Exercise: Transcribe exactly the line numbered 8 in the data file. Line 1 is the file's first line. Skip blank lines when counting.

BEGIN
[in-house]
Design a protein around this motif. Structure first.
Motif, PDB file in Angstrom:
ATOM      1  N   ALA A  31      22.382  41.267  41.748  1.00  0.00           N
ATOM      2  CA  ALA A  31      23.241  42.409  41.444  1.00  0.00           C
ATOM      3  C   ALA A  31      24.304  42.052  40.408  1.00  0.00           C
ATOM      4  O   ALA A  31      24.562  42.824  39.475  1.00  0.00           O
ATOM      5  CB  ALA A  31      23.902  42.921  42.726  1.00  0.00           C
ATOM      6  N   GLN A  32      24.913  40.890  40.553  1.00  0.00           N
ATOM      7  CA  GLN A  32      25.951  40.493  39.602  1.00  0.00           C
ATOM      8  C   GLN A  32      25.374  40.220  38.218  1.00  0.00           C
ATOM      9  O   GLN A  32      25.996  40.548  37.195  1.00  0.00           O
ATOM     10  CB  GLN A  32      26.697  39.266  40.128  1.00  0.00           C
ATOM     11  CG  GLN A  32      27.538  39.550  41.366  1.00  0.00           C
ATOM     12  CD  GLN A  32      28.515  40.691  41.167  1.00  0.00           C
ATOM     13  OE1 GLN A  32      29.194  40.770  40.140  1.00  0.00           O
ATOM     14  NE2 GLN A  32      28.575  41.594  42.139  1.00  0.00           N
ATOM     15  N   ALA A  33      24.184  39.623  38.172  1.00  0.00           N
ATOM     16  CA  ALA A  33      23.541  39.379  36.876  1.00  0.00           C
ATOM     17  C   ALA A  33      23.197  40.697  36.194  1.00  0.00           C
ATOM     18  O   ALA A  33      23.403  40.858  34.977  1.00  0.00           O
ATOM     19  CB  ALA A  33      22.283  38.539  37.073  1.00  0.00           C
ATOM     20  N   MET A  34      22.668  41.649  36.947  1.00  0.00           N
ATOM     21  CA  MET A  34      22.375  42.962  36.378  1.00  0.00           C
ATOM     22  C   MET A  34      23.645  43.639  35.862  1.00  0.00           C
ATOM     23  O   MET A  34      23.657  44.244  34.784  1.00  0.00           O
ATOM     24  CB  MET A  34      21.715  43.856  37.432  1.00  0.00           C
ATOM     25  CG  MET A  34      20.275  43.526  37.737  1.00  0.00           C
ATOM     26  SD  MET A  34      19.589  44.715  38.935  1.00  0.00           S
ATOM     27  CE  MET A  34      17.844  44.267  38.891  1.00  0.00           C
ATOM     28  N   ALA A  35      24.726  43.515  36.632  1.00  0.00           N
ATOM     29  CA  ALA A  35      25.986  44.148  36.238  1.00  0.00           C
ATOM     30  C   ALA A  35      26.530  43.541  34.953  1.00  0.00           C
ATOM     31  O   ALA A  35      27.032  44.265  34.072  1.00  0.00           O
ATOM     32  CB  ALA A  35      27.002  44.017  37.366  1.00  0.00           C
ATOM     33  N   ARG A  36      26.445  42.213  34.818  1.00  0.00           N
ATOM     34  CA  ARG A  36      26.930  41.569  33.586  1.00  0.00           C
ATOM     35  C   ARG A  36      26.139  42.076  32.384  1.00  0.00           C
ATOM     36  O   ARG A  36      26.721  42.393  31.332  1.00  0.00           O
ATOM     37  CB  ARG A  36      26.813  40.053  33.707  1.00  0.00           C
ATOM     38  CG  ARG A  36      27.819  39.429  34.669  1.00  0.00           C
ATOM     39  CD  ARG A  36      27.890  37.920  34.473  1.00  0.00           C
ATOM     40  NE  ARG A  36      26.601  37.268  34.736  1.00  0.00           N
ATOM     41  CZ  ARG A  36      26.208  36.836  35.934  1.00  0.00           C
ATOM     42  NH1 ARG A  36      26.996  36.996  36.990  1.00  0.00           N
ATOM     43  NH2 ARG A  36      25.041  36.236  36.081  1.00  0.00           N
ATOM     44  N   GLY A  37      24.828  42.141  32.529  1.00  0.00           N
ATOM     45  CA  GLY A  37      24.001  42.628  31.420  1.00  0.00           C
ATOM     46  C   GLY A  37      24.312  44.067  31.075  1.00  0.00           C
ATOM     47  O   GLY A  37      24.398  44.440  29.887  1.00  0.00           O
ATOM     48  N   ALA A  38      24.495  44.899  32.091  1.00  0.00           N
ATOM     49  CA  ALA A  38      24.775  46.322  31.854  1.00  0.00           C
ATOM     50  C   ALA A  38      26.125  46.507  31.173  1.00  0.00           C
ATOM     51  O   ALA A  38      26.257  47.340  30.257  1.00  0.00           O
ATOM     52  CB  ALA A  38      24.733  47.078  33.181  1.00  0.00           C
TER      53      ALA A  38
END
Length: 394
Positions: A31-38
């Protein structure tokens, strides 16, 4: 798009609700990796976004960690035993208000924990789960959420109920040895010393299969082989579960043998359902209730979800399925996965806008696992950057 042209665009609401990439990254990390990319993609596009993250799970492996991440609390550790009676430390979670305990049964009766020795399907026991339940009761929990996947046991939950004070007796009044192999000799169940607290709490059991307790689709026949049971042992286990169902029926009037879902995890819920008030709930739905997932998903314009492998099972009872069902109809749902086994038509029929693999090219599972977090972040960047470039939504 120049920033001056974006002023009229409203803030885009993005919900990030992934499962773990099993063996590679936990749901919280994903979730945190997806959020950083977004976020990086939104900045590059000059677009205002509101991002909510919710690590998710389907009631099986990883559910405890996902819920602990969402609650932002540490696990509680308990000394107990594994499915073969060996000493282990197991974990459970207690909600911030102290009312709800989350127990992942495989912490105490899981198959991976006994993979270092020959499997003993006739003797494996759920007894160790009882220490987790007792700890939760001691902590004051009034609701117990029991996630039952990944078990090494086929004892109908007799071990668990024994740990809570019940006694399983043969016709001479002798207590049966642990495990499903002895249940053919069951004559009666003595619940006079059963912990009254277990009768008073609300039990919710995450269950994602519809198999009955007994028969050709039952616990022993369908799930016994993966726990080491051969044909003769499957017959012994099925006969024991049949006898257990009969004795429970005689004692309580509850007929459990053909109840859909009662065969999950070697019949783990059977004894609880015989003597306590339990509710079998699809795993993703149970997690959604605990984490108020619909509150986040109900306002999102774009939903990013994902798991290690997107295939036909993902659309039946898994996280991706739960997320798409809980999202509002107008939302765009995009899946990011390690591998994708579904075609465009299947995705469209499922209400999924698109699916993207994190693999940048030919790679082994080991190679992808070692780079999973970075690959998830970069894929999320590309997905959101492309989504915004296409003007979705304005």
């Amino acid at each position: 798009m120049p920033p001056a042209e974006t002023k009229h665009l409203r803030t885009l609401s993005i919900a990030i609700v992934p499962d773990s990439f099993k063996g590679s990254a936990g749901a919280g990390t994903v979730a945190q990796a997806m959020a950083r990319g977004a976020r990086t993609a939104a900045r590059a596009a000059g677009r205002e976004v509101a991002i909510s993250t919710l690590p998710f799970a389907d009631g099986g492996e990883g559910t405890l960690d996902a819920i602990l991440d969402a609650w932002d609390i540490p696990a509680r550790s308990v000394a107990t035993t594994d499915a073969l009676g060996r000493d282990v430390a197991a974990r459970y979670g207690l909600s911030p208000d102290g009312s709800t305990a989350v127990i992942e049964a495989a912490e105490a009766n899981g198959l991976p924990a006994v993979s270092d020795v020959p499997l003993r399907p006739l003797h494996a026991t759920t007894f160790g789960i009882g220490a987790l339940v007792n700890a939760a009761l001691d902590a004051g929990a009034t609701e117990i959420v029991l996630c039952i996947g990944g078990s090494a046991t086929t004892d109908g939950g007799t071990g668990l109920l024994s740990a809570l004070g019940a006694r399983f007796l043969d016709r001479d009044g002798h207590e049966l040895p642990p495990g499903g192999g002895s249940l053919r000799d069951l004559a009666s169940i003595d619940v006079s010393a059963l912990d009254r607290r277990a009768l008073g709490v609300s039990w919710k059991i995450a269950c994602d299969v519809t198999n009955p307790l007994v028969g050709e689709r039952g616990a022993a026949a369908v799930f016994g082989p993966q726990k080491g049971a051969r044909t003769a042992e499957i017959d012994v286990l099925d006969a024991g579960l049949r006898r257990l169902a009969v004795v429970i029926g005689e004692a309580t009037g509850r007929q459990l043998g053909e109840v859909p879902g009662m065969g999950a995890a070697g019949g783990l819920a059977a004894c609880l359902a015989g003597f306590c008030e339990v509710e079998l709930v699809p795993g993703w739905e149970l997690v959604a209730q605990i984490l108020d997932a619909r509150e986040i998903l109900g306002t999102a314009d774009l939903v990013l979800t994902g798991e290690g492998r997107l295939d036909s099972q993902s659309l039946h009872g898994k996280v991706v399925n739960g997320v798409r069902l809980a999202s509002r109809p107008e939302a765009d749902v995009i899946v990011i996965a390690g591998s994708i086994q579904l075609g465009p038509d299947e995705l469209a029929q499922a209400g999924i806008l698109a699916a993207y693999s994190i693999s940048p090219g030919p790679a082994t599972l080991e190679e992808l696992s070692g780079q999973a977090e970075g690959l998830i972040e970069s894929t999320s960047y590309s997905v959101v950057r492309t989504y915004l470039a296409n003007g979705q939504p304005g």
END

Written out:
ATOM      5  CB  ALA A  31      23.902  42.921  42.726  1.00  0.00           C